According to Dr. Ian Chapple, former Head of the School of Dentistry at Birmingham University and speaker at this year’s American Association for the Advancement of Science event, it is unlikely that there is any condition in the body where the microbiome isn’t involved.
With such a strong background in oral health, Dr. Chapple understands that the mouth is a breeding ground for bacteria, so much so that Dr. Chapple has been seeking a link between gum disease and rheumatoid arthritis. Furthermore, additional research has also suggested that poor oral health may even raise the risk for Alzheimer’s disease.
The Link Between Mouth Bacteria and Chronic Diseases
It all comes down to inflammation
Rheumatoid arthritis is an inflammatory condition whereby the immune system begins attacking the body’s joints.
Speaking of inflammation, it’s also the root cause of many dental diseases. As both RA and dental diseases have inflammation in common, there has been a consensus that the two are linked.
Certain bacteria in your mouth can trigger inflammation and cause dental diseases. The thinking is that this bacteria may also trigger the onset of RA.
What does the research say?
According to a 2008 German study published in the Journal of Periodontology. participants who had RA faced 8 times the risk of developing gum disease as compared with people without RA.
A 2013 study from the University of Louisville in Kentucky found that the bacterium that causes periodontal disease, Porphyromonas gingivalis, not only increases the severity of rheumatoid arthritis, but it can also leads to an earlier onset of the disease as well as cause a quicker progression of symptoms.
A 2015 study from Johns Hopkins Arthritis Center found that out of 100 RA patients, 70% of them had at least moderate gum disease.
A later meta-analysis from 2016 that examined 21 studies on the topic found that the dental diseases periodontitis was 13% more common in RA patients than in a control group of people who did not have the disease.
Additionally, a separate study from the same year identified the common bacterium between gum disease and in many people with RA as Aggregatibacter actinomycetemcomitans. According to the researchers, the bacterium causes the overproduction of citrullinated proteins. These proteins have been linked to triggering the development of RA.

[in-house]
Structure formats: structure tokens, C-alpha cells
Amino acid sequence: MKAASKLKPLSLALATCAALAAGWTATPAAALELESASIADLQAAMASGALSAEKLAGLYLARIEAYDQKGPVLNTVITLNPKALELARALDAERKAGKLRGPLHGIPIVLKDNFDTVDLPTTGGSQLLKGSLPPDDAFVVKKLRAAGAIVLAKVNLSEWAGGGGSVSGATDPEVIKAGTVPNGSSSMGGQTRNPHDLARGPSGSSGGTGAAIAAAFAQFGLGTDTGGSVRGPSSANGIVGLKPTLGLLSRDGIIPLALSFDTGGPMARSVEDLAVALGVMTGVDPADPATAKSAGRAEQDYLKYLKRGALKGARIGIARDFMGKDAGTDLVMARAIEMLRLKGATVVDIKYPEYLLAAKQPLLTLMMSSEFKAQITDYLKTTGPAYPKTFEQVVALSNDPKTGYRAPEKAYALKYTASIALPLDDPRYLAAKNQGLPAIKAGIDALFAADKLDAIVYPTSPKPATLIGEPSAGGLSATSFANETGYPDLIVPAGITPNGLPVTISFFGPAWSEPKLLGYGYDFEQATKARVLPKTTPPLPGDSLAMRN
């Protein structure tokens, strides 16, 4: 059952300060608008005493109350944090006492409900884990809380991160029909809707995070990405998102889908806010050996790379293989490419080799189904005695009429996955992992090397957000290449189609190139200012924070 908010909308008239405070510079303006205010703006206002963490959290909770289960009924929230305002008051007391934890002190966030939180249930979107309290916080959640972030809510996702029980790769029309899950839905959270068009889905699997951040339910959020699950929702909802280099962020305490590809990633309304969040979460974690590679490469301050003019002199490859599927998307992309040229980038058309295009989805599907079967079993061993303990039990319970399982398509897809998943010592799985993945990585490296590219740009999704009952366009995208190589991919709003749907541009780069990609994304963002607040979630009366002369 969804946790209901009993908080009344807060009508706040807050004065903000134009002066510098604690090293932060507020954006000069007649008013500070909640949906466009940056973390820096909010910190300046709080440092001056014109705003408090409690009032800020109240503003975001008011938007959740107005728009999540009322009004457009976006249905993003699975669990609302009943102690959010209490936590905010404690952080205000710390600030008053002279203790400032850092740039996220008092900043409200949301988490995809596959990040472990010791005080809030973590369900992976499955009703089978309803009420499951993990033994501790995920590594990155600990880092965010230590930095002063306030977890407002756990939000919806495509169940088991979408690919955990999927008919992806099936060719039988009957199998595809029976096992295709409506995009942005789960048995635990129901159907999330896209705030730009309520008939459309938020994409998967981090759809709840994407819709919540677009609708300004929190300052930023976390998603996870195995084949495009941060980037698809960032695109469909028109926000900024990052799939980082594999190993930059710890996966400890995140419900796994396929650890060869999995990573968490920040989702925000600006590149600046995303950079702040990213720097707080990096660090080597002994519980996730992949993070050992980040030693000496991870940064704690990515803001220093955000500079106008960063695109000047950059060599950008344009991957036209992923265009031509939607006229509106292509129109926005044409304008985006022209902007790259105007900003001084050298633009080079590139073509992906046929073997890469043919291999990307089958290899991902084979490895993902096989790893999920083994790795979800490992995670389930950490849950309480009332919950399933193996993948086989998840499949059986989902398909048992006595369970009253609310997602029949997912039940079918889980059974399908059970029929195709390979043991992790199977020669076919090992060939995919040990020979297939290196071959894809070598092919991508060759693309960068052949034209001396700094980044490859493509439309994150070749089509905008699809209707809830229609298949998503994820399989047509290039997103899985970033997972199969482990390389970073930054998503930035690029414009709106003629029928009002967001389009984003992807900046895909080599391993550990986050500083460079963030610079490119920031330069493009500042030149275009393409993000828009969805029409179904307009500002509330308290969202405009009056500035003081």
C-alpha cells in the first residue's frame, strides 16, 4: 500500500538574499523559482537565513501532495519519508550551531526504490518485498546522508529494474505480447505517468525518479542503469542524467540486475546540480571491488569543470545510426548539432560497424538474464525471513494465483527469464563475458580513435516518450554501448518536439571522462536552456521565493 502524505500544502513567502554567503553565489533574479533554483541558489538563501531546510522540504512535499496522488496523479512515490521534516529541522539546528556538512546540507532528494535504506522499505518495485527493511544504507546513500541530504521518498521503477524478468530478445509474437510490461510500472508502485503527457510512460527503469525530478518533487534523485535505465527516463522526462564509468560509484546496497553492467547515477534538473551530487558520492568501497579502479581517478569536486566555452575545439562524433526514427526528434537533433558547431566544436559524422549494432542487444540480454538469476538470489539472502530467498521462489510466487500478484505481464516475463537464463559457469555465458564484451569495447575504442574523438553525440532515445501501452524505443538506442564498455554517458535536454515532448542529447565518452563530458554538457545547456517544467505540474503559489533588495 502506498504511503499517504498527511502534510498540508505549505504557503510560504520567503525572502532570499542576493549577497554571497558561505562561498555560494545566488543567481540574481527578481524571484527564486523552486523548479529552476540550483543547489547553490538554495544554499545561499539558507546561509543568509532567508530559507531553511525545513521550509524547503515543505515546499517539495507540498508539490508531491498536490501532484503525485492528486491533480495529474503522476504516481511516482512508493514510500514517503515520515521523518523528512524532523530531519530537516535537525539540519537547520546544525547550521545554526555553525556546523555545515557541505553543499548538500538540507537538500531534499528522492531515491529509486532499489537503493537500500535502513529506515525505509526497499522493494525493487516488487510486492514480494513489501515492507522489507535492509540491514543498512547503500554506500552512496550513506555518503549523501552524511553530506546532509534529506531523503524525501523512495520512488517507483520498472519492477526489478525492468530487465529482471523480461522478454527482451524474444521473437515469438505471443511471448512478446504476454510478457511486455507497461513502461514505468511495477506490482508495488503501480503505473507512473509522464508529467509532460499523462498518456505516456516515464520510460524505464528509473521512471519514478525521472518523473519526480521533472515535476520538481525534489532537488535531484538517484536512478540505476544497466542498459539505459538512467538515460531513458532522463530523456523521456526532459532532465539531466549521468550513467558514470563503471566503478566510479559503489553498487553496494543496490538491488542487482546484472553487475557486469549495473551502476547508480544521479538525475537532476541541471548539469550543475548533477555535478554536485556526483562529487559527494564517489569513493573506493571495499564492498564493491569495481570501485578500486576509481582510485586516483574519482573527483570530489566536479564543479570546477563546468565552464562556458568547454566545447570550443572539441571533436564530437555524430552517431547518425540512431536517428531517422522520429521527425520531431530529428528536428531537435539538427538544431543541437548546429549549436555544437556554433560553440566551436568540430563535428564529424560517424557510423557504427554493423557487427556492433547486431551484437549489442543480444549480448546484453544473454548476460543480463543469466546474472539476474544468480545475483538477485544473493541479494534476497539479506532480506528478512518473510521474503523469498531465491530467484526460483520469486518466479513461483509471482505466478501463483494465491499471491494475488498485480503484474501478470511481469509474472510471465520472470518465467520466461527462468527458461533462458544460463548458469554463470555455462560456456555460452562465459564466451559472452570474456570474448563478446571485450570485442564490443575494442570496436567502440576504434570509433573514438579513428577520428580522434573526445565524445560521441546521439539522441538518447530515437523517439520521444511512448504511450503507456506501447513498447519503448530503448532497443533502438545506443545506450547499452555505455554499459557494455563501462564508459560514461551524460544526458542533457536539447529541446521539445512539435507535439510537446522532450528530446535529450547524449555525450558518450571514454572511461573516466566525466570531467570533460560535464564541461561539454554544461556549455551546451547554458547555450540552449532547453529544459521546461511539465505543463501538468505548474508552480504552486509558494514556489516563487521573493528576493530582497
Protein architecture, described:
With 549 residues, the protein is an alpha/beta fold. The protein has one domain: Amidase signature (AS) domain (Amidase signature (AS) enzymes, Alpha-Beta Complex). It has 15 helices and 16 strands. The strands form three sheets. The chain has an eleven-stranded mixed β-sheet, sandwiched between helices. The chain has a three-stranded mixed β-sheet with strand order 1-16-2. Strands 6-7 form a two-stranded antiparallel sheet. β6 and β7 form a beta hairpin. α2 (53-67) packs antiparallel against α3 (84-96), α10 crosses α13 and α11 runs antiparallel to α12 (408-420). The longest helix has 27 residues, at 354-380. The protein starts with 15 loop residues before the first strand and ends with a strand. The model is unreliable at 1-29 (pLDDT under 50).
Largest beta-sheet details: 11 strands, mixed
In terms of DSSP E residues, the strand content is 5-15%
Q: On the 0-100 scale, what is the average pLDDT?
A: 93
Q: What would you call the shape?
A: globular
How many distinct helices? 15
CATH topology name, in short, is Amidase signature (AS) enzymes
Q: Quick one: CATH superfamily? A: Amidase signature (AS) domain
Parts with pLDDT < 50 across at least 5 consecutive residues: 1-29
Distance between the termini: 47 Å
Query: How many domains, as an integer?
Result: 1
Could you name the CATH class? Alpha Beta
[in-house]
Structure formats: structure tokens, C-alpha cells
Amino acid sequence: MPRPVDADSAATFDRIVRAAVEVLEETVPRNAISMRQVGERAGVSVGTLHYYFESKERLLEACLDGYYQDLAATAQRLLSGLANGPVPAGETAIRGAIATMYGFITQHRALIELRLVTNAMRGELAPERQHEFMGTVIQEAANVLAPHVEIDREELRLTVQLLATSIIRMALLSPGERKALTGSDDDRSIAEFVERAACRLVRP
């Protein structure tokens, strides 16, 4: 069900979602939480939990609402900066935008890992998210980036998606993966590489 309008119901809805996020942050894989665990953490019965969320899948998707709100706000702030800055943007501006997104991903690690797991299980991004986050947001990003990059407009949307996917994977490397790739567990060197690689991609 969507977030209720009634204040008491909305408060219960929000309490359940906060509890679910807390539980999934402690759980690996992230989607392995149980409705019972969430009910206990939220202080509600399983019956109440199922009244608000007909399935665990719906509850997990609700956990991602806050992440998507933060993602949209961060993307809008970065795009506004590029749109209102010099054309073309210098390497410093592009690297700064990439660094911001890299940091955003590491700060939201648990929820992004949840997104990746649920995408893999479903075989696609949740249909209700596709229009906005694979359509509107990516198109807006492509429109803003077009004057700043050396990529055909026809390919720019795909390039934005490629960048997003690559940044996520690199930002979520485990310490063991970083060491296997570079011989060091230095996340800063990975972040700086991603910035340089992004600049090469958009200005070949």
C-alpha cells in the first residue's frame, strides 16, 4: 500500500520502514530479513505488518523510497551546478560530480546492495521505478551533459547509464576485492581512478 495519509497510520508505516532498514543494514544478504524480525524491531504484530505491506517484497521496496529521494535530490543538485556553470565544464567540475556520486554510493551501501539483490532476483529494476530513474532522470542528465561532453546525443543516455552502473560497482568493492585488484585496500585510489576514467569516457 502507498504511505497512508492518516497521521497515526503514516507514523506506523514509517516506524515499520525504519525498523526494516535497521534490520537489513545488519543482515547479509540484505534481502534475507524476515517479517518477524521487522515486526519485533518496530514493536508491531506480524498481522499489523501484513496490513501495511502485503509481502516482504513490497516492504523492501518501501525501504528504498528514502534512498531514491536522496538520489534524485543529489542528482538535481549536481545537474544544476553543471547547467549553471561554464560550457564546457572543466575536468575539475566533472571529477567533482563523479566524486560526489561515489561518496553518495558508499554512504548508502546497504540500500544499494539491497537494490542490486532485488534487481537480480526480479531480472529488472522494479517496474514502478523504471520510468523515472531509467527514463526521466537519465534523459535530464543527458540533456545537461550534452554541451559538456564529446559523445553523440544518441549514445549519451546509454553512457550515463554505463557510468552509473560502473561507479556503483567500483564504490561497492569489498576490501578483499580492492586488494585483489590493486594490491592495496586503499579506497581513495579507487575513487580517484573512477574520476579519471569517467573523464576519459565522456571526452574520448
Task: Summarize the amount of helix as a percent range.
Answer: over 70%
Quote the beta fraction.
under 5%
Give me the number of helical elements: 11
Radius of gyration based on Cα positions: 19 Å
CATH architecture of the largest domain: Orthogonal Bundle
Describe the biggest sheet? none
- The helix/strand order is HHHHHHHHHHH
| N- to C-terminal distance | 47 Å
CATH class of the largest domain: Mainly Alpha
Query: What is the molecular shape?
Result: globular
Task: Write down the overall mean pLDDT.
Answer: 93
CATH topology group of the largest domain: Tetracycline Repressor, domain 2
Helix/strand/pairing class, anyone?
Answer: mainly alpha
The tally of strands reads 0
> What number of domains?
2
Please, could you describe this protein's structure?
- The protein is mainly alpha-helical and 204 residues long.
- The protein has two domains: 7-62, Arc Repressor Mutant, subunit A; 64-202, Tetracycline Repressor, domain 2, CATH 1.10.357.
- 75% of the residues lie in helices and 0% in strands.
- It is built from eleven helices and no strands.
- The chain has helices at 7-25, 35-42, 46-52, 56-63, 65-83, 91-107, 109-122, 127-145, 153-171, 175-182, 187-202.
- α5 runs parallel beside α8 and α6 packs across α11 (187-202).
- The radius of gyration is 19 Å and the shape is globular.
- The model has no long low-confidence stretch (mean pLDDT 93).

So what does this mean?
“The connection can be confusing,”Terrance Griffin, DMD, chair of the department of periodontology at the Tufts University School of Dental Medicine in Boston, told Everyday Health. “There are so many factors that can come into play, like oral hygiene. RA can cause you to lose some dexterity, which may mean you can’t clean your teeth as well. But that may only partially account for this relationship.”
Manage Both Conditions By Treating One
“People who have both gum disease and RA should have an informed care team comprised of both a physician and a periodontist,” explained Dr. Griffin. “Brushing and flossing can be challenging for those with RA, and you should work with your doctors to find out what works best for you. And if you don’t have a periodontist, get an evaluation from your dentist every year to monitor the status of your gums, since you are more likely to get it.”
What about Alzheimer’s?
Around 50 million people worldwide have Alzheimer’s disease. It appears that poor dental health may increase your risk of becoming a statistic.
Previous research has found that this species of bacteria, Porphyromonas gingivalis, can move from the mouth to the brain. Once in the brain, the bacteria release enzymes called gingipains. This enzyme can destroy nerve cells, thus increasing the risk for Alzheimer’s.
The aim of the 2019 study was to find evidence of this process in human brains. The researchers examined the brains of 53 deceased people who had been diagnosed with Alzheimer’s. They found high levels of gingipain in almost all of them – 96% to be exact.
“Periodontists have long known that a healthy mouth contributes to a healthy body, and research has suggested an association between periodontal disease and dementia conditions, such as Alzheimer’s,” Dr. Richard Kao, DDS, Ph.D., and president of the American Academy of Periodontology (AAP) said in a statement, “These recent findings present strong evidence on how periodontal disease can impact the pathogenesis of Alzheimer’s disease and should highlight how crucial it is to manage periodontal disease, especially in older adults or individuals who have increased risk for dementia.”
Dental health matters
Here are some tips to keep your teeth happy and healthy.
- Visit a dentist regularly
- Brush twice a day
- Change your toothbrush every 3 months
- Use toothpaste that contains fluoride
- Don’t forget to (gently) floss
- Please don’t smoke
Want to know more?
The lockdown has seen many people practice less healthy lifestyles. This has had a detrimental effect on our dental health. In fact, there are a few hidden dental dangers of lockdown that you may not know about.